Sometimes I fantasize about what it would be like to live in a walking society, whether that be a modern-day city or an olden-day rural community. I love walking so much, and I always wish I had more utilitarian reasons to travel on foot aside from the exercise and fresh air.
Something I don’t love? Running. Though I have run more and less consistently at different times in my life (not recently), I really can’t get into it. I can appreciate the act of running for its healthful benefits, but I have never experienced its alleged mind-clearing, euphoria-inducing qualities. And don’t even let me get started talking about my short legs and long torso. Let’s just say, I wasn’t built to run.
In years past, winter has been a pretty dark time for me. It’s been fine to curl up with a cup of tea and a book for a few days in October or November, but attempting to hibernate for three months didn’t work that well and didn’t make me feel good (about myself). Last winter after lazing around the entire month of January and then overindulging on sweets in early February, I finally got to the point where I knew I had to make some sort of positive change, so I started jumping rope for 20 minutes a day, five or six days a week. Jump roping may seem like a weird hobby to get into as an adult, but it’s kind of awesome. It requires $5 of equipment, 5 minutes of prep time, and a bit more than 5 square feet of floor space. Even in my tiny house, there’s just enough space in the bedroom to swing my jumprope freely, so I can get in some exercise no matter the weather. Last winter, I jumped rope consistently for about six weeks until a few more daylight hours returned, and I was able to get out and about in the sunshine more often.
This year as soon as we evicted the Christmas tree, I started my jumping routine again, but I also added a bunch of sit ups and mixed in some jumping jacks. I am still not an athlete, but getting even a small amount of intense aerobic exercise most days of the week makes the winter a little more bearable.
My favorite aerobic activity? That title probably goes to splitting firewood.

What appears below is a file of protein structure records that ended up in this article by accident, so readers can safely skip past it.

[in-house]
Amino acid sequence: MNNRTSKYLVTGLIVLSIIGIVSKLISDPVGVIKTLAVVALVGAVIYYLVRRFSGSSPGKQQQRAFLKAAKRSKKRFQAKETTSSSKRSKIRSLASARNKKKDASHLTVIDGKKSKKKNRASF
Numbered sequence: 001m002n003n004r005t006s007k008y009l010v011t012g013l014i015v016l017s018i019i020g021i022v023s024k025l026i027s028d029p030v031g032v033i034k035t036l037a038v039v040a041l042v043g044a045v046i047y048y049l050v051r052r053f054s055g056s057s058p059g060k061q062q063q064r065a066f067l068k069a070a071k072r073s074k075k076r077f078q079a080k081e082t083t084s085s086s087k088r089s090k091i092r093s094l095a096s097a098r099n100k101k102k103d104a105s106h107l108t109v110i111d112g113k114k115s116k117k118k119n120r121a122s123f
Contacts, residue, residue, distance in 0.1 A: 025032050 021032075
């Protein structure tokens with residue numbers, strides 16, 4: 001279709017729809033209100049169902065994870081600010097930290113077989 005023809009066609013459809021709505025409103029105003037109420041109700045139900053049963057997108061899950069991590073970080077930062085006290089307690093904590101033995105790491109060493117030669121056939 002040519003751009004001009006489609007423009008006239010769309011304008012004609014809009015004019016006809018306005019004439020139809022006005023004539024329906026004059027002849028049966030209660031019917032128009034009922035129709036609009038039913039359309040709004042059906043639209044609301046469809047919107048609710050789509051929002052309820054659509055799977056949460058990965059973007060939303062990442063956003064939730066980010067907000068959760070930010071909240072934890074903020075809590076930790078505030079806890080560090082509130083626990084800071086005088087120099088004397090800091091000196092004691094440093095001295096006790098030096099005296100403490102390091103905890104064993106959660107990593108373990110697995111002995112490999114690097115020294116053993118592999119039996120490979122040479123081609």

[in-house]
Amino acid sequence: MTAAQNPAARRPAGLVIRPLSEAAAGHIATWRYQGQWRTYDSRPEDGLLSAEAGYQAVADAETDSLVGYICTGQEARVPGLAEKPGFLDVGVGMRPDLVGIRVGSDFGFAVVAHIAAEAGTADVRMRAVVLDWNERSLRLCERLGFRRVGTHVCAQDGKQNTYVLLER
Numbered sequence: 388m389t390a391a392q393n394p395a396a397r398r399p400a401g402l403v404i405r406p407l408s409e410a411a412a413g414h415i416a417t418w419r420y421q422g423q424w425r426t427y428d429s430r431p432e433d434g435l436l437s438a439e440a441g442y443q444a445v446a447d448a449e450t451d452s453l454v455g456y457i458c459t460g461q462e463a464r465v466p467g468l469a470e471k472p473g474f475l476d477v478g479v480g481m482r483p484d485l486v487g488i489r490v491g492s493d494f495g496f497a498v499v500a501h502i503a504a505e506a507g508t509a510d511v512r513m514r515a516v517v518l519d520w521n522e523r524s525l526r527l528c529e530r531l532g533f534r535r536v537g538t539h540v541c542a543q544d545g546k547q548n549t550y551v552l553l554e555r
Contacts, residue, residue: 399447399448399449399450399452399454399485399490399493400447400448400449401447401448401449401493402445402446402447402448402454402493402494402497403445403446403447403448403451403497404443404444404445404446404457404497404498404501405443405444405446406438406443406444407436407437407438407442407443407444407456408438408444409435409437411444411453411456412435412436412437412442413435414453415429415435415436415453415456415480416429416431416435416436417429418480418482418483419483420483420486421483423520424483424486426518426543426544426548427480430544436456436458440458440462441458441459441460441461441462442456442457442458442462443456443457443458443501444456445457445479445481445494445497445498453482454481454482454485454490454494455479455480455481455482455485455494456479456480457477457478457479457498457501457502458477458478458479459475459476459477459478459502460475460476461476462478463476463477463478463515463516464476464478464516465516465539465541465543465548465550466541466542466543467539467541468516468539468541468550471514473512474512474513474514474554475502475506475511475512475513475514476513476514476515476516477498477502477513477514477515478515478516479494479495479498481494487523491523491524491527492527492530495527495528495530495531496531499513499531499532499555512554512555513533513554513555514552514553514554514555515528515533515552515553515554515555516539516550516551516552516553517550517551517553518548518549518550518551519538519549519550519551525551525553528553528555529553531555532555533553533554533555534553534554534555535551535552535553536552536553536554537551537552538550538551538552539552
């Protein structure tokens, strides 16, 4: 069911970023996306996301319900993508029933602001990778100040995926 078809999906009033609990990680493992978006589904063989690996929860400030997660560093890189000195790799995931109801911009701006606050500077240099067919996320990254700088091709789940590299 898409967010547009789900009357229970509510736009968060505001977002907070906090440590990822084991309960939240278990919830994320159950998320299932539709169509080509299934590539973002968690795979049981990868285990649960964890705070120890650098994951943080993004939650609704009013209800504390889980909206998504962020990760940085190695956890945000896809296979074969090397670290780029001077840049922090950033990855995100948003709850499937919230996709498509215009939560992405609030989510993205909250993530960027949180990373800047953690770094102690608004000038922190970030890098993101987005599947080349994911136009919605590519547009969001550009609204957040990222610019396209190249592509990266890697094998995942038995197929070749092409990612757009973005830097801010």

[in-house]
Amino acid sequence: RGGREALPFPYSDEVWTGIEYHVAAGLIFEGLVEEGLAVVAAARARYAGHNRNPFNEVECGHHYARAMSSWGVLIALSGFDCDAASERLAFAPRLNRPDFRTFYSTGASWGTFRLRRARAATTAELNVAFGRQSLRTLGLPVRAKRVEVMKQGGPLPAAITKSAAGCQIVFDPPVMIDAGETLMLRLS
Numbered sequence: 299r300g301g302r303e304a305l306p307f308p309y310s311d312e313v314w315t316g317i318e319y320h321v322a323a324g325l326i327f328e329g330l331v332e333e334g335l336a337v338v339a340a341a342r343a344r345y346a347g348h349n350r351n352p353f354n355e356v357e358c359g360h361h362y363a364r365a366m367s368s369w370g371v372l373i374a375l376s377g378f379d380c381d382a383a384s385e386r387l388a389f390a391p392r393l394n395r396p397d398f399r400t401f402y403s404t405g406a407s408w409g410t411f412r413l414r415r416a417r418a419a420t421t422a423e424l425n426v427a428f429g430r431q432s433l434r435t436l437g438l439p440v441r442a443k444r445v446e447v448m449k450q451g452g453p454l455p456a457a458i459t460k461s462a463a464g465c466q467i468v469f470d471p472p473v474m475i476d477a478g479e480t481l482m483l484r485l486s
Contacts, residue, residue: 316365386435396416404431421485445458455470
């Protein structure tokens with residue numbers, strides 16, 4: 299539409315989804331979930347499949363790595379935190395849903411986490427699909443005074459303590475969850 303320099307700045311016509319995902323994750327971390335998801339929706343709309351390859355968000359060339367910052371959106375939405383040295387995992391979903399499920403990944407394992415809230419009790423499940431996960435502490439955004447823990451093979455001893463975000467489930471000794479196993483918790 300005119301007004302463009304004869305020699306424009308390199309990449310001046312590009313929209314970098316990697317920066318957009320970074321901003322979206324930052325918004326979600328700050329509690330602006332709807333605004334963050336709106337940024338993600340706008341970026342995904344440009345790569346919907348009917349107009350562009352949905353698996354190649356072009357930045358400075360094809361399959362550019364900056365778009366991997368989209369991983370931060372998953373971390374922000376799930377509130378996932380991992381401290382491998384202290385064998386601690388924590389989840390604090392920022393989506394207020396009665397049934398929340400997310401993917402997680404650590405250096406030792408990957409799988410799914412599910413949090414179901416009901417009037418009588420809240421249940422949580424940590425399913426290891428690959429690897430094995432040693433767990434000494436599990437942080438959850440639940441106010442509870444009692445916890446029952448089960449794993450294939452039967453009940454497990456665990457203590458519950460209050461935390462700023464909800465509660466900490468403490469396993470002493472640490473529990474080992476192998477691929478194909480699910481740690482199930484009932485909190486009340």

After college when I was totally burned out on academia, I got a job working for a guy who sold firewood (among other things) to local clients. For most of a year, he would buck (cut logs into sections with a chainsaw), and I would split the pieces with a maul (a 6-pound maul for maple, 8-pound maul for oak). I think we figured that we cut and split over 40 cords of wood that season, and needless to say, I got pretty good at it.
In the years since, I haven’t done quite so much splitting. In fact, I haven’t done much at all because I happen to be married to a guy who also enjoys splitting firewood. I’m in charge of moving firewood from our makeshift woodshed (really just a fence-like structure with heavy plastic over it) onto the front porch during the winter, but that’s not nearly as satisfying as hefting a maul.
Late last summer, wood pulp prices went so low that a friend in the timber industry was practically giving away scruffy oak and maple logs. We ended up getting a couple big truckloads at our house. Henry cut and split some before the weather turned in the fall, but most of it has been sitting around until recently. One particularly beautiful day last week, I found myself at home with no kids underfoot and a relatively short and therefore ignorable to-do list of household chores. I knew exactly how I wanted to spend an hour of my free time, so I grabbed my maul and headed down to tackle the piles of wood rounds. I was out of shape, for sure, but even if I had to swing at some of those gnarly oak pieces 30 or more times before they finally gave way, I felt like I was being more productive than if I had stayed in the house to jump rope. And you know what they say is totally true: firewood warms you twice.
As you can see from the photos, there are a lot more logs to buck, and there will be many more rounds to split. I look forward to the challenge.